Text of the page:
Breast cancer is extremely common, affecting 1 in 8 women. Most cases are in the elderly. One of every 100 cases of breast cancer is in men. A significant percentage of those with breast cancer aren’t aware of the cancer until its too late. Most patients survive breast cancer but it definitely can kill.
The current guidelines for breast followup are a baseline mammogram age 40, annually ages 45-55, then every 2 years. Those with dense breasts should have an additional study, either an ultrasound or MRI. Dense breasts have an increased risk of cancer, this is new information as it was previously believed there wasn’t an increased risk. 15% of breast cancers aren’t visible on a mammogram. Mammograms can be painful.
Self breast examination is no longer recommended due to the large number of false positives. If you wish to check yourself you should start at the nipple and move in a circular motion until the entire breast is examined. If you feel a lump you should see your primary care physician. Most lumps are benign and may get bigger and smaller based on the menstrual cycle. If the size goes down its not breast cancer.. If its hard or seems attached to the underlying tissue it needs a biopsy.
Taking post menopausal estrogens lowers the risk of heart attacks and strokes, but increases the risk of breast cancer. However a lack of estrogens causes a lot of health problems. In general if mother, sister or aunts had breast cancer, you shouldn’t take estrogens. The FDA advises only taking estrogens for a short time. Each woman will have to decide for herself whether to take estrogens or not. Estrogen is available in pills, a patch, and a compounded cream. Sometimes progesterone is added. Estrogen has minimal effect on sex drive, although a lack of estrogen causes the vagina to tear during painful sexual intercourse Testosterone controls sex drive in both men and women.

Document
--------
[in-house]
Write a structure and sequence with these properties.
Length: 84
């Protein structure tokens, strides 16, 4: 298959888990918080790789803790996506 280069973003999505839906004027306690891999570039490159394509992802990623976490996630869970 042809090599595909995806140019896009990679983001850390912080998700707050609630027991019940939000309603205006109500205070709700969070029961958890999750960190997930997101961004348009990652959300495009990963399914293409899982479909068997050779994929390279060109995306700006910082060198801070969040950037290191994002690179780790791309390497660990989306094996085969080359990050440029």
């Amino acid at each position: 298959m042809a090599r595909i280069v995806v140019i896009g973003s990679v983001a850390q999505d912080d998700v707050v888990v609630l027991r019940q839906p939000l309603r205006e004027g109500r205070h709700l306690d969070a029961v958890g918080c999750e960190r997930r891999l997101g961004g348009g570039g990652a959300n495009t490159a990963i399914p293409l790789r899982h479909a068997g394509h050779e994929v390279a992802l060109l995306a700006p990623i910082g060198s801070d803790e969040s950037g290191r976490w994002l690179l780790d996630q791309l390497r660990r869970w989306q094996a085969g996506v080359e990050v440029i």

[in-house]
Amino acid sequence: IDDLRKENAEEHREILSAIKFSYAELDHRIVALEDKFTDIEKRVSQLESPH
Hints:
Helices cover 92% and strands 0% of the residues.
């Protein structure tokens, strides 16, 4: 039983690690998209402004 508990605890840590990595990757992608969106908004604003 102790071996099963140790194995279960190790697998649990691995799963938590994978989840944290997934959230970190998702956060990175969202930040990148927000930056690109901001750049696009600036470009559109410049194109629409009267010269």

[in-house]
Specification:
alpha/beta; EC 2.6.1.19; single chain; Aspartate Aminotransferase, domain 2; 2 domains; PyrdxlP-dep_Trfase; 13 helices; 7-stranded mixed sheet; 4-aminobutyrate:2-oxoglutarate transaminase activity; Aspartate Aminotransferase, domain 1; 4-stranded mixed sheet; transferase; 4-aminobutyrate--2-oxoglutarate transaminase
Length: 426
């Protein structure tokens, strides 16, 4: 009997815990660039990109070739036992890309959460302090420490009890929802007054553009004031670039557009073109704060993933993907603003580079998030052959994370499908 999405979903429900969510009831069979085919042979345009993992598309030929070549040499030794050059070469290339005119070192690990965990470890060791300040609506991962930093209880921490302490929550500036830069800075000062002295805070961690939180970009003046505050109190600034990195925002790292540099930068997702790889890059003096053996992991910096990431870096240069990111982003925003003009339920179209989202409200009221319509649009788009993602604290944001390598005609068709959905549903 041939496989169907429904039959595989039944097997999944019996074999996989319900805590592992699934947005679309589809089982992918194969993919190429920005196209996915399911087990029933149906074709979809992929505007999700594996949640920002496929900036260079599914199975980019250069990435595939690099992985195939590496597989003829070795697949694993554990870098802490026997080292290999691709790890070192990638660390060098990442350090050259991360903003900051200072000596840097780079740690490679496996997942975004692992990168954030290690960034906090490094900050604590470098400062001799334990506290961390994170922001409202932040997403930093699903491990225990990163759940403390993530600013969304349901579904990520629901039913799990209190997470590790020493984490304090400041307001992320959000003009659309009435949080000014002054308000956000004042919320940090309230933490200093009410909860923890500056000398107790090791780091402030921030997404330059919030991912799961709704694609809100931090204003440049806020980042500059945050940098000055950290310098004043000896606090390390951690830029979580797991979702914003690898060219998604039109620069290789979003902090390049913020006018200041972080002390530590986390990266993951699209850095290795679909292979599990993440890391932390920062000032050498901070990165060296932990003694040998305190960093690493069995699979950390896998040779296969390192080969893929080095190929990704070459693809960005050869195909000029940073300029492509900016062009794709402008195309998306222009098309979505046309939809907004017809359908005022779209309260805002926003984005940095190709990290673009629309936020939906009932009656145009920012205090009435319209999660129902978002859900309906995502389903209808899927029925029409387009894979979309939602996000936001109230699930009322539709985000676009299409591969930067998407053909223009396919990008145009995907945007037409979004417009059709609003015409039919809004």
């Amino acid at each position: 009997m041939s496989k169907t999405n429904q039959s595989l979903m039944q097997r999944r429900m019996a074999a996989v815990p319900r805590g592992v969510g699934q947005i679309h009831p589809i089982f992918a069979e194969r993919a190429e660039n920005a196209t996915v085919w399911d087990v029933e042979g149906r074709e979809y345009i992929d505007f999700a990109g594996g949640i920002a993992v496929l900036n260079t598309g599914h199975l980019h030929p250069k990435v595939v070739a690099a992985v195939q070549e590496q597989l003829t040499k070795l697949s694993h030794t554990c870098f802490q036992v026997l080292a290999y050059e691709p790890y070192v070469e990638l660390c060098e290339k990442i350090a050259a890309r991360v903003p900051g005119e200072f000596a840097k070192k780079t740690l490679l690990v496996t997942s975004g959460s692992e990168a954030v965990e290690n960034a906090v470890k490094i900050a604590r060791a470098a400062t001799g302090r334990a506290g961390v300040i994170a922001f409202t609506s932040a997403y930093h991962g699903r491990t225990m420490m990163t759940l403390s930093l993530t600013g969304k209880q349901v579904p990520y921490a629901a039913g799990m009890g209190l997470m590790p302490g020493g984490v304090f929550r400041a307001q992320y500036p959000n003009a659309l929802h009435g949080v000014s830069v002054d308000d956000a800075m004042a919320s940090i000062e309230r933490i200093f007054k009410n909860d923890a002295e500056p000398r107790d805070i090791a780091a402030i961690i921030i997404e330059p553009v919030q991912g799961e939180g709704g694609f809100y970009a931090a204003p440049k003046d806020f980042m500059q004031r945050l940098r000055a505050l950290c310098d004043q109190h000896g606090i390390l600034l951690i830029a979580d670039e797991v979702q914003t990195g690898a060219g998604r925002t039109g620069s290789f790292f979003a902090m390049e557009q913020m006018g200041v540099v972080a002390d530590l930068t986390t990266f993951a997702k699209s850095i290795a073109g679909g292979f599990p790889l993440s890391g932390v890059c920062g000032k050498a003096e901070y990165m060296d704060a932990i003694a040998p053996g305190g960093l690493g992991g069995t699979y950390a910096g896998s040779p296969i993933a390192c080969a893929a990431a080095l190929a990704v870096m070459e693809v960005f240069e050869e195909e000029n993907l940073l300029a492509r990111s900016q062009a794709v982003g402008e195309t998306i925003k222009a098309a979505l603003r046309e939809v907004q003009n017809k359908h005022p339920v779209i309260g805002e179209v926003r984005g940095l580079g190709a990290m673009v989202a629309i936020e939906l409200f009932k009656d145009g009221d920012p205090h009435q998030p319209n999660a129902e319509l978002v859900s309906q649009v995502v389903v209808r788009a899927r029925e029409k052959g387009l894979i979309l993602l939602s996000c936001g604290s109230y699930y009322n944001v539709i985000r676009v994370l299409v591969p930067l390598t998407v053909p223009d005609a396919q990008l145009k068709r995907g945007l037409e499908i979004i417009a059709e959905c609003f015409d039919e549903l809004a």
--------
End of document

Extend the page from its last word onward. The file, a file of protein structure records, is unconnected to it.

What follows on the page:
Older women with frequent urinary tract infections can apply estrogen cream to prevent these infections. The dose is so minimal that topical estrogens can still be used in patients who have breast cancer.
Treatment usually involves an antiestrogen, chemotherapy, radiation, surgery or the newer hormonal treatments. The antiestrogen will need to be continued for 13 years to be considered a cure, and causes mood swings and irritability. With chemo its common to lose one’s hair. The American Cancer Society has a program “Look good, feel better” where they will supply the patient with wigs or other head coverings to cover up the hair loss. When chemo is done the hair will grow back. Support groups have been shown to lengthen life for those with breast cancer.